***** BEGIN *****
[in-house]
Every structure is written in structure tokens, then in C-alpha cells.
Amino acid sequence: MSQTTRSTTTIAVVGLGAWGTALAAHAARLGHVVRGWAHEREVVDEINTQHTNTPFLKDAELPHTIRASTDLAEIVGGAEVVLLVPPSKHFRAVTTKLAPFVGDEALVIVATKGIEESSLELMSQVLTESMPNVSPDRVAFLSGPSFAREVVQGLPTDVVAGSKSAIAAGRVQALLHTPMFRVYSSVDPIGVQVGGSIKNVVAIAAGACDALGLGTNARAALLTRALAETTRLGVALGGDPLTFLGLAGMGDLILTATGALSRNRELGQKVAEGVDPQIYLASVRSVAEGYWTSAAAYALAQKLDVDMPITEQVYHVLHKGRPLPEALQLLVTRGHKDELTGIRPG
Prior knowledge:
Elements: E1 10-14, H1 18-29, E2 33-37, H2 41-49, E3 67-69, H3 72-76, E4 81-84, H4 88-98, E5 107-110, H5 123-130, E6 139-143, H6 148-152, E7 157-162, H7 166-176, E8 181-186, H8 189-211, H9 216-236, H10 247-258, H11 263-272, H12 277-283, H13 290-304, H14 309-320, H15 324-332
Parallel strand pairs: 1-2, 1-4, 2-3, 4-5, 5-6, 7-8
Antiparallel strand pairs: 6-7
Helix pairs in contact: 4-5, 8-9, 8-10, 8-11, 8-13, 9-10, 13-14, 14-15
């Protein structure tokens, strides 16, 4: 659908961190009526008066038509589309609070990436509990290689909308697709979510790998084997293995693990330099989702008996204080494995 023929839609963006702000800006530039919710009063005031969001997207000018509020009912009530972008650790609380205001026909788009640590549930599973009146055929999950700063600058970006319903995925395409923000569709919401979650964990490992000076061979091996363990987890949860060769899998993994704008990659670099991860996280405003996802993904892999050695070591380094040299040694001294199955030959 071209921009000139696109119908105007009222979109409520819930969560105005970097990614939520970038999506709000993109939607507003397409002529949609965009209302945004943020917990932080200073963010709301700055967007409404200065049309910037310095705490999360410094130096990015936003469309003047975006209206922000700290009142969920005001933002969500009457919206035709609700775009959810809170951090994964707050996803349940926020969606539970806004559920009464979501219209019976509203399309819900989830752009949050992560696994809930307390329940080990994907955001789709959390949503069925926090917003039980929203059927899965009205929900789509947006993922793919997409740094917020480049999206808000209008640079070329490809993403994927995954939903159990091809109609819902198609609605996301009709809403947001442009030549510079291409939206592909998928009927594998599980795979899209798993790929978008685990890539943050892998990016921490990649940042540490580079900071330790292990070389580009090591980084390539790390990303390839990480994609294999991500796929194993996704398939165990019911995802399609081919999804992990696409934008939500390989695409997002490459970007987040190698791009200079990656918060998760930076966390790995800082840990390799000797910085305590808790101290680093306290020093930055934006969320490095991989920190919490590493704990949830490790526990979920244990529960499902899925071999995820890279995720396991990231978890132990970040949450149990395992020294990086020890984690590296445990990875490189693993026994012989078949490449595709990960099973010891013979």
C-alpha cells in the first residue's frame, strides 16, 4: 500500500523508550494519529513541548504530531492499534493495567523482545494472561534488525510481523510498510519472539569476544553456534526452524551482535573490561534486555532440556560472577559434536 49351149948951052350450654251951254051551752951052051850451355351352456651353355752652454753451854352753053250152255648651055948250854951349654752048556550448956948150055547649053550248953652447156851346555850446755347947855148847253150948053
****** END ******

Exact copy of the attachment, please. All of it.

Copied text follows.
[in-house]
Every structure is written in structure tokens, then in C-alpha cells.
Amino acid sequence: MSQTTRSTTTIAVVGLGAWGTALAAHAARLGHVVRGWAHEREVVDEINTQHTNTPFLKDAELPHTIRASTDLAEIVGGAEVVLLVPPSKHFRAVTTKLAPFVGDEALVIVATKGIEESSLELMSQVLTESMPNVSPDRVAFLSGPSFAREVVQGLPTDVVAGSKSAIAAGRVQALLHTPMFRVYSSVDPIGVQVGGSIKNVVAIAAGACDALGLGTNARAALLTRALAETTRLGVALGGDPLTFLGLAGMGDLILTATGALSRNRELGQKVAEGVDPQIYLASVRSVAEGYWTSAAAYALAQKLDVDMPITEQVYHVLHKGRPLPEALQLLVTRGHKDELTGIRPG
Prior knowledge:
Elements: E1 10-14, H1 18-29, E2 33-37, H2 41-49, E3 67-69, H3 72-76, E4 81-84, H4 88-98, E5 107-110, H5 123-130, E6 139-143, H6 148-152, E7 157-162, H7 166-176, E8 181-186, H8 189-211, H9 216-236, H10 247-258, H11 263-272, H12 277-283, H13 290-304, H14 309-320, H15 324-332
Parallel strand pairs: 1-2, 1-4, 2-3, 4-5, 5-6, 7-8
Antiparallel strand pairs: 6-7
Helix pairs in contact: 4-5, 8-9, 8-10, 8-11, 8-13, 9-10, 13-14, 14-15
């Protein structure tokens, strides 16, 4: 659908961190009526008066038509589309609070990436509990290689909308697709979510790998084997293995693990330099989702008996204080494995 023929839609963006702000800006530039919710009063005031969001997207000018509020009912009530972008650790609380205001026909788009640590549930599973009146055929999950700063600058970006319903995925395409923000569709919401979650964990490992000076061979091996363990987890949860060769899998993994704008990659670099991860996280405003996802993904892999050695070591380094040299040694001294199955030959 071209921009000139696109119908105007009222979109409520819930969560105005970097990614939520970038999506709000993109939607507003397409002529949609965009209302945004943020917990932080200073963010709301700055967007409404200065049309910037310095705490999360410094130096990015936003469309003047975006209206922000700290009142969920005001933002969500009457919206035709609700775009959810809170951090994964707050996803349940926020969606539970806004559920009464979501219209019976509203399309819900989830752009949050992560696994809930307390329940080990994907955001789709959390949503069925926090917003039980929203059927899965009205929900789509947006993922793919997409740094917020480049999206808000209008640079070329490809993403994927995954939903159990091809109609819902198609609605996301009709809403947001442009030549510079291409939206592909998928009927594998599980795979899209798993790929978008685990890539943050892998990016921490990649940042540490580079900071330790292990070389580009090591980084390539790390990303390839990480994609294999991500796929194993996704398939165990019911995802399609081919999804992990696409934008939500390989695409997002490459970007987040190698791009200079990656918060998760930076966390790995800082840990390799000797910085305590808790101290680093306290020093930055934006969320490095991989920190919490590493704990949830490790526990979920244990529960499902899925071999995820890279995720396991990231978890132990970040949450149990395992020294990086020890984690590296445990990875490189693993026994012989078949490449595709990960099973010891013979």
C-alpha cells in the first residue's frame, strides 16, 4: 500500500523508550494519529513541548504530531492499534493495567523482545494472561534488525510481523510498510519472539569476544553456534526452524551482535573490561534486555532440556560472577559434536 49351149948951052350450654251951254051551752951052051850451355351352456651353355752652454753451854352753053250152255648651055948250854951349654752048556550448956948150055547649053550248953652447156851346555850446755347947855148847253150948053